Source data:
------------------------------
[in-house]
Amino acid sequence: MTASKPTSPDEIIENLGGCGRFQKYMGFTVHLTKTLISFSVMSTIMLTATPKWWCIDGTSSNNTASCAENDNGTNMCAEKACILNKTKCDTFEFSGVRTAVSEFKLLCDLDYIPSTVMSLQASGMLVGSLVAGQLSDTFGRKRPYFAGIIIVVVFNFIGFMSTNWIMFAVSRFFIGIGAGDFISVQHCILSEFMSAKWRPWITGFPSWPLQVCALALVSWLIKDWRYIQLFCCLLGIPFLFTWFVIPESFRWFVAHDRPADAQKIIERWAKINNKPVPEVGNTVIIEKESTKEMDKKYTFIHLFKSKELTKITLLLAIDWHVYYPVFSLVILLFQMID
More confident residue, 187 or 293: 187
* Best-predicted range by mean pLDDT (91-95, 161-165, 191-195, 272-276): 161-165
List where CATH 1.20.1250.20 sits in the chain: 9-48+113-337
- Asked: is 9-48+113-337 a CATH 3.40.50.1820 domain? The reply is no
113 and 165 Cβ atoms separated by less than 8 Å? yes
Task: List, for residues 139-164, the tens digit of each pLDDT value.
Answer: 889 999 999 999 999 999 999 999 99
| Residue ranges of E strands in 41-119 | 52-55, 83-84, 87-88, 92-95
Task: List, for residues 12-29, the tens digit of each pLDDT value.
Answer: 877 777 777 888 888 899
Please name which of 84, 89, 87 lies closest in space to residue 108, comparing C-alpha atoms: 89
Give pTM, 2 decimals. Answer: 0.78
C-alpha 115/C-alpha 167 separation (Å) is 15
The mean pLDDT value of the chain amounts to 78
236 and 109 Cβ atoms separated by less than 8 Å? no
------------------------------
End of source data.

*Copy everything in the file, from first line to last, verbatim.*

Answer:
[in-house]
Amino acid sequence: MTASKPTSPDEIIENLGGCGRFQKYMGFTVHLTKTLISFSVMSTIMLTATPKWWCIDGTSSNNTASCAENDNGTNMCAEKACILNKTKCDTFEFSGVRTAVSEFKLLCDLDYIPSTVMSLQASGMLVGSLVAGQLSDTFGRKRPYFAGIIIVVVFNFIGFMSTNWIMFAVSRFFIGIGAGDFISVQHCILSEFMSAKWRPWITGFPSWPLQVCALALVSWLIKDWRYIQLFCCLLGIPFLFTWFVIPESFRWFVAHDRPADAQKIIERWAKINNKPVPEVGNTVIIEKESTKEMDKKYTFIHLFKSKELTKITLLLAIDWHVYYPVFSLVILLFQMID
More confident residue, 187 or 293: 187
* Best-predicted range by mean pLDDT (91-95, 161-165, 191-195, 272-276): 161-165
List where CATH 1.20.1250.20 sits in the chain: 9-48+113-337
- Asked: is 9-48+113-337 a CATH 3.40.50.1820 domain? The reply is no
113 and 165 Cβ atoms separated by less than 8 Å? yes
Task: List, for residues 139-164, the tens digit of each pLDDT value.
Answer: 889 999 999 999 999 999 999 999 99
| Residue ranges of E strands in 41-119 | 52-55, 83-84, 87-88, 92-95
Task: List, for residues 12-29, the tens digit of each pLDDT value.
Answer: 877 777 777 888 888 899
Please name which of 84, 89, 87 lies closest in space to residue 108, comparing C-alpha atoms: 89
Give pTM, 2 decimals. Answer: 0.78
C-alpha 115/C-alpha 167 separation (Å) is 15
The mean pLDDT value of the chain amounts to 78
236 and 109 Cβ atoms separated by less than 8 Å? no